In Cash-Starved California, Green Is the New Black
From this morning’s San Bernardino Sun, an interesting claim that legalizing undocumented immigrants would be a boost to California’s economy.
The claim isn’t the Sun’s actually, but the work of USC’s Center for the Study of Immigrant Integration, which figures that the Golden State eventually could reap up to $16 billion if an estimated 12 million illegal aliens were brought into the mainstream (Social Security and Medicare contributions, plus higher income figured into the calculation).
Here’s a link to the report.
The argument isn’t a familiar one, but the timing is worth noting.
1) On the national level, the White House is making noise about an immigration reform push once the dust settles from the Obamacare debate.
Yes, Governor Schwarzenegger also is talking about illegal immigration — and wouldn’t it be a clever move if Arnold sided with the Obama Administration and put some pressure on the Republicans in Congress . . . provided the feds send a multibillion-dollar reimbursement check to Sacramento.
The odds of that happening: slim to none.
2) Back in California, it’s another example of green being the new “black” — that is, politicians and policymakers using promises of enhanced revenue as a means of breathing new life into a controversial ideas.
1) Marijuana legalization, approved yesterday by a State Assembly Committee in a 4-3 vote, no longer is merely a discussion about the leafy green as a harmless vice or a gateway to more lethal drugs.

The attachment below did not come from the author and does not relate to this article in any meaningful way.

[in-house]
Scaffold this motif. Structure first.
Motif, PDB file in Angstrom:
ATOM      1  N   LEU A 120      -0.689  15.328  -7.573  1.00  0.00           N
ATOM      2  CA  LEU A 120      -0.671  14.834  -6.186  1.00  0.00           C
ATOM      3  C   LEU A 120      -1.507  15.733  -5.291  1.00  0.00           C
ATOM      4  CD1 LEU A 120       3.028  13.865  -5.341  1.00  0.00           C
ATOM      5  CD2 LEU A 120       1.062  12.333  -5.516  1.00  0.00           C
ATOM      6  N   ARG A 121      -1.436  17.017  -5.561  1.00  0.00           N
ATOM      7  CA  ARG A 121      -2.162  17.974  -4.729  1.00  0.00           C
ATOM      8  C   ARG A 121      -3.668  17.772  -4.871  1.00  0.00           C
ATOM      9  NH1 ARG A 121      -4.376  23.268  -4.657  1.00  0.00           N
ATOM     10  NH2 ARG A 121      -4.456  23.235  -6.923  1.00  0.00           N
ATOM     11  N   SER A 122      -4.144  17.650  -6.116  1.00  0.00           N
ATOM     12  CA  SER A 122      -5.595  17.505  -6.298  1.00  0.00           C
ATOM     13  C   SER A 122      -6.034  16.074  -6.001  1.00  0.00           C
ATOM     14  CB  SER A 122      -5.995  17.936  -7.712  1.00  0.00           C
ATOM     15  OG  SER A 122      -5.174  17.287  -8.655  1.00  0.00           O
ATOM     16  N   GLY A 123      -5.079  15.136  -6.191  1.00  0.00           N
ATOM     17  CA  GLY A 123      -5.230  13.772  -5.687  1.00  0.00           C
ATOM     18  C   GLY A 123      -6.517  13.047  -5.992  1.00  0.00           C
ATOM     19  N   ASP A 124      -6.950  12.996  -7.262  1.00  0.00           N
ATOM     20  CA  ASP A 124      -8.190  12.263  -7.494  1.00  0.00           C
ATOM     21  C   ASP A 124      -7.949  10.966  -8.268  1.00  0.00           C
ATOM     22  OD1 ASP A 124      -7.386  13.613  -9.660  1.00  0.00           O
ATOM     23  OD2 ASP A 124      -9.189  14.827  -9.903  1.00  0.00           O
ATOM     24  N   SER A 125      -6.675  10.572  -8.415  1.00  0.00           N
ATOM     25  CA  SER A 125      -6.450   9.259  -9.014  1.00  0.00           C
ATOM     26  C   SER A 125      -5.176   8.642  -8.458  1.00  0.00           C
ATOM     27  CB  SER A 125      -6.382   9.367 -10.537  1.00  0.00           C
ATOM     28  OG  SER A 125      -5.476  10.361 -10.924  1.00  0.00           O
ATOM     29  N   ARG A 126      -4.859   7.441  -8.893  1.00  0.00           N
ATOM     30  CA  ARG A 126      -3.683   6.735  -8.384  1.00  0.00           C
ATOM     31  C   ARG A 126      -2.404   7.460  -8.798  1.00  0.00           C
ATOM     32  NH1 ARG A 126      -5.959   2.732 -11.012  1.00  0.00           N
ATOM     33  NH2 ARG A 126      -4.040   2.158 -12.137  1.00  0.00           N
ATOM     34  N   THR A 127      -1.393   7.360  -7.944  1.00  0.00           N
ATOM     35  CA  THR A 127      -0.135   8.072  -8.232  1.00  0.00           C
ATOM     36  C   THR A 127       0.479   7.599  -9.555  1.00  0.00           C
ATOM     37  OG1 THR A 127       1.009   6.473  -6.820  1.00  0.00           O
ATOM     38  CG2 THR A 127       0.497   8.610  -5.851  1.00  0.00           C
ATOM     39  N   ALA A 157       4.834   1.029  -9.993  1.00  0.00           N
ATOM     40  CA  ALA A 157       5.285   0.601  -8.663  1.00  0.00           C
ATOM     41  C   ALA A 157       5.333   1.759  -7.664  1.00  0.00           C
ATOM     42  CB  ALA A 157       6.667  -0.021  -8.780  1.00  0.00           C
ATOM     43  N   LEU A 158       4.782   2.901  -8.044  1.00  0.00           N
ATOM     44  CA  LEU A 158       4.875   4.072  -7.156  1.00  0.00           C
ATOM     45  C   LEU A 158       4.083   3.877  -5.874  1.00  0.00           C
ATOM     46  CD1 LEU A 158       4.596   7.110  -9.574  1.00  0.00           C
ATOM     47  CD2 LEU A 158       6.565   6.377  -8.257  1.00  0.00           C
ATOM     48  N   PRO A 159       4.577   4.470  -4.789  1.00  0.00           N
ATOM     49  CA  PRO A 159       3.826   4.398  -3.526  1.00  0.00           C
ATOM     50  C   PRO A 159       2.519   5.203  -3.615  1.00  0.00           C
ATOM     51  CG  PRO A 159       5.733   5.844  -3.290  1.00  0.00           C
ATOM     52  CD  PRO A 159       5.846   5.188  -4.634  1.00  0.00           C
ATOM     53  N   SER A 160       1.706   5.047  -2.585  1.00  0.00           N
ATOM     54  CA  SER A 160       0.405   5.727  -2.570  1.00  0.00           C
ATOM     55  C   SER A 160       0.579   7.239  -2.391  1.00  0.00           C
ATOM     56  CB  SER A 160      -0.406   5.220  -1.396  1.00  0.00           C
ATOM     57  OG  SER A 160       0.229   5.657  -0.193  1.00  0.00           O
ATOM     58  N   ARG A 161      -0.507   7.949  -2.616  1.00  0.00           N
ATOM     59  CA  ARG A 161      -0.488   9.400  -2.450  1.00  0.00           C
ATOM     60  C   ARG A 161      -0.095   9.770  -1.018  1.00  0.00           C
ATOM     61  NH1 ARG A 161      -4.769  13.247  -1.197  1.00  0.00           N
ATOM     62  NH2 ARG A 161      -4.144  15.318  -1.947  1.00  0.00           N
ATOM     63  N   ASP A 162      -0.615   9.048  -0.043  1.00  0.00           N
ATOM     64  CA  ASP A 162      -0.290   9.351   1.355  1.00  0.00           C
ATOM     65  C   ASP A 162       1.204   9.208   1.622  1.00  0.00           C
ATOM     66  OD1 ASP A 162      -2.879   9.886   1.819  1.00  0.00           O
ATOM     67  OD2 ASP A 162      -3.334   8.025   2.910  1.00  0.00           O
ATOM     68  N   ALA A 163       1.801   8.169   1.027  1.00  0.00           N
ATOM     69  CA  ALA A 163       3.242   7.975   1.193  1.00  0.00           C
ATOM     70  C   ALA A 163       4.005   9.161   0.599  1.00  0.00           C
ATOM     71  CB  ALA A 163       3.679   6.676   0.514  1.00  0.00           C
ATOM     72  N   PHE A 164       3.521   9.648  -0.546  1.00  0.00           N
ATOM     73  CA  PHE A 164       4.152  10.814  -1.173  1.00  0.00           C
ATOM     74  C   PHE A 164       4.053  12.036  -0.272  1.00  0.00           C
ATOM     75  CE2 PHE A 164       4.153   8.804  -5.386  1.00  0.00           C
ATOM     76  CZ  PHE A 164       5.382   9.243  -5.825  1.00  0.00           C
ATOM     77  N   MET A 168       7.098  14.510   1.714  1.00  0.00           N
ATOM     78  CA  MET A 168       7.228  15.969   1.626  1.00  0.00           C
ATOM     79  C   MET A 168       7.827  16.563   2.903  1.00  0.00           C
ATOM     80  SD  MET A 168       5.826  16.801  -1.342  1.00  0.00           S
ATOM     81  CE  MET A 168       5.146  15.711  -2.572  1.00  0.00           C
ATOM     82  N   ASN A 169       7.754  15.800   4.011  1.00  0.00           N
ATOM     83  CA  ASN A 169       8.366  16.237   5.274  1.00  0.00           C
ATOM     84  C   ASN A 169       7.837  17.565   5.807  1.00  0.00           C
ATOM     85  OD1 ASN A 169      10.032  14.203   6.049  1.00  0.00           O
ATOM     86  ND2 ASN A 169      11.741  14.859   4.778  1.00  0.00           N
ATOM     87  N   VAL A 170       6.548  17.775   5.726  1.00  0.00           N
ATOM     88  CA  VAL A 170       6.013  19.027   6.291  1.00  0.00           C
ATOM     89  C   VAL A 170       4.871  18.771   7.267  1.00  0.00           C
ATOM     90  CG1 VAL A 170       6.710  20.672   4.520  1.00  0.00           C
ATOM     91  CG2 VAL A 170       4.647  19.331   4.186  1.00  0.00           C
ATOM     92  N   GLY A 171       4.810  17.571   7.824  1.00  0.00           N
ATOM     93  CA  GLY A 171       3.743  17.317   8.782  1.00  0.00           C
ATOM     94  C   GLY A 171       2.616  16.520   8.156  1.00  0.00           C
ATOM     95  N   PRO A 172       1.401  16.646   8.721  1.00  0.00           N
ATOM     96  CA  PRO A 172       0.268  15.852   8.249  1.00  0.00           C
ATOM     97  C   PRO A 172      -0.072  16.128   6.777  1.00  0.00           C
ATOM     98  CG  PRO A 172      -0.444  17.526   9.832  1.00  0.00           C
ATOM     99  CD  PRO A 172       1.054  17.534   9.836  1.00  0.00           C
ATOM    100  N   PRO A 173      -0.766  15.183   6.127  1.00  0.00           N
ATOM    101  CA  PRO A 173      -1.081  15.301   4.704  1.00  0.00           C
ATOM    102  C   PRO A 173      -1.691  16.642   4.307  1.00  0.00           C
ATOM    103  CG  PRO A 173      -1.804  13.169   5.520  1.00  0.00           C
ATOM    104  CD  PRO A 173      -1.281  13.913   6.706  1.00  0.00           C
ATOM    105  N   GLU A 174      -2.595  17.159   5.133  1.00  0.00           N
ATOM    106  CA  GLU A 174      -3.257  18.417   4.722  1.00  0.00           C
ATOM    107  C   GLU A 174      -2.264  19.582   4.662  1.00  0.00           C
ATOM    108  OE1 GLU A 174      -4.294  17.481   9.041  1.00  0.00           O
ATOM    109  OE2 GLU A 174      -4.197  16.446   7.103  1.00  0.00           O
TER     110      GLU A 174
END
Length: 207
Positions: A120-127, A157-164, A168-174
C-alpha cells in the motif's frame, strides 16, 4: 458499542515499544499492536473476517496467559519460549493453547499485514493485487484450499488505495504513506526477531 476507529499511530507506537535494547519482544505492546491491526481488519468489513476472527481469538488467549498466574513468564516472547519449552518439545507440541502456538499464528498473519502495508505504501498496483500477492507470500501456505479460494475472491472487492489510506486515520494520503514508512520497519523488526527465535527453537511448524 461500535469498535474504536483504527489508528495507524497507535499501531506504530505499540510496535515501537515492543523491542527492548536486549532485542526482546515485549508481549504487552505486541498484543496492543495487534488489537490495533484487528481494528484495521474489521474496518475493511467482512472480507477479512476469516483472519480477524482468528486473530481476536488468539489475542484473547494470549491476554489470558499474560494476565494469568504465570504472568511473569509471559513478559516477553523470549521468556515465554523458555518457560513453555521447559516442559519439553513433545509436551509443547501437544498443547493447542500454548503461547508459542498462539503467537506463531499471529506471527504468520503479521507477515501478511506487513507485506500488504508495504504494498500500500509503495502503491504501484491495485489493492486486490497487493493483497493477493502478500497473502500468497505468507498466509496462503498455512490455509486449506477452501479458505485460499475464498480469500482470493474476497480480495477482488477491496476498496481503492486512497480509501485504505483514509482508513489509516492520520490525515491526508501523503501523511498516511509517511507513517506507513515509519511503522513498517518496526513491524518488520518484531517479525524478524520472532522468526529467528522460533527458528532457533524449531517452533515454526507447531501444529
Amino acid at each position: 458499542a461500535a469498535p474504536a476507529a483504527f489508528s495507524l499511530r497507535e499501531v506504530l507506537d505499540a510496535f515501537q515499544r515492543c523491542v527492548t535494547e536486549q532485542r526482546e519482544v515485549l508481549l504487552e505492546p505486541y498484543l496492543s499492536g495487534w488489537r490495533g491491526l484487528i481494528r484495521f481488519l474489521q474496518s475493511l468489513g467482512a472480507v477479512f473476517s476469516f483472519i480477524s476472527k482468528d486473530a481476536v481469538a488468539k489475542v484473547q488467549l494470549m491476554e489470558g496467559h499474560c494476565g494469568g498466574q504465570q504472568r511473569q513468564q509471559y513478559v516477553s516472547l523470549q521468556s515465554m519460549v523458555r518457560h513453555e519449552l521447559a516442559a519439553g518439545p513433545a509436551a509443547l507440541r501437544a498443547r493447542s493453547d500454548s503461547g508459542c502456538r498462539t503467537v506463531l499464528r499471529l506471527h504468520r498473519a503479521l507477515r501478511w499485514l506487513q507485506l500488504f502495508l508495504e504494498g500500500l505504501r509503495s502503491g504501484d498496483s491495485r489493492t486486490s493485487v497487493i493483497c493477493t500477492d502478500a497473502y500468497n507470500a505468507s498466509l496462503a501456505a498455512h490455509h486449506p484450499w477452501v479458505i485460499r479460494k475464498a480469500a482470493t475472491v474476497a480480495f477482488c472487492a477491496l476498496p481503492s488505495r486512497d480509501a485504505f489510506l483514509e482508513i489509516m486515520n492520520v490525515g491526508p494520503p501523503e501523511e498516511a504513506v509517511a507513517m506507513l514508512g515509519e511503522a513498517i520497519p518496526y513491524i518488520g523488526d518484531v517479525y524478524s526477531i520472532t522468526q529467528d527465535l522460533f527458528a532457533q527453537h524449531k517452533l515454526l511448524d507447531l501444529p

The new spin: slap on a $50 tax for each ounce sold to adults, and California stands to gain $1.3 billion.
You can expect more such talk as the bill makes its way through the Legislature, and a ballot measure comes up for consideration.
Assemblyman Chuck DeVore, a Republican candidate for the U.S. Senate, promotes the idea of new oil leases in California waters as a gateway to $16 billion — or, as DeVore says, “enough to fill more than three-quarters” of the state’s current budget deficit.
Schwarzenegger also talks oil cash. His spin: use the $$ to keep state parks open.
Last year, the UCLA School of Law’s Williams Institute predicted a $700 million boost to California’s wedding industry and $65 million for the state’s coffers from the new wave of ceremonies in the summer of 2008.
There’s nothing wrong with selling that or other ideas on their economic merits. But it does remind me of the old adage about the definition of a cynic: someone who knows the cost of everything and the value of nothing.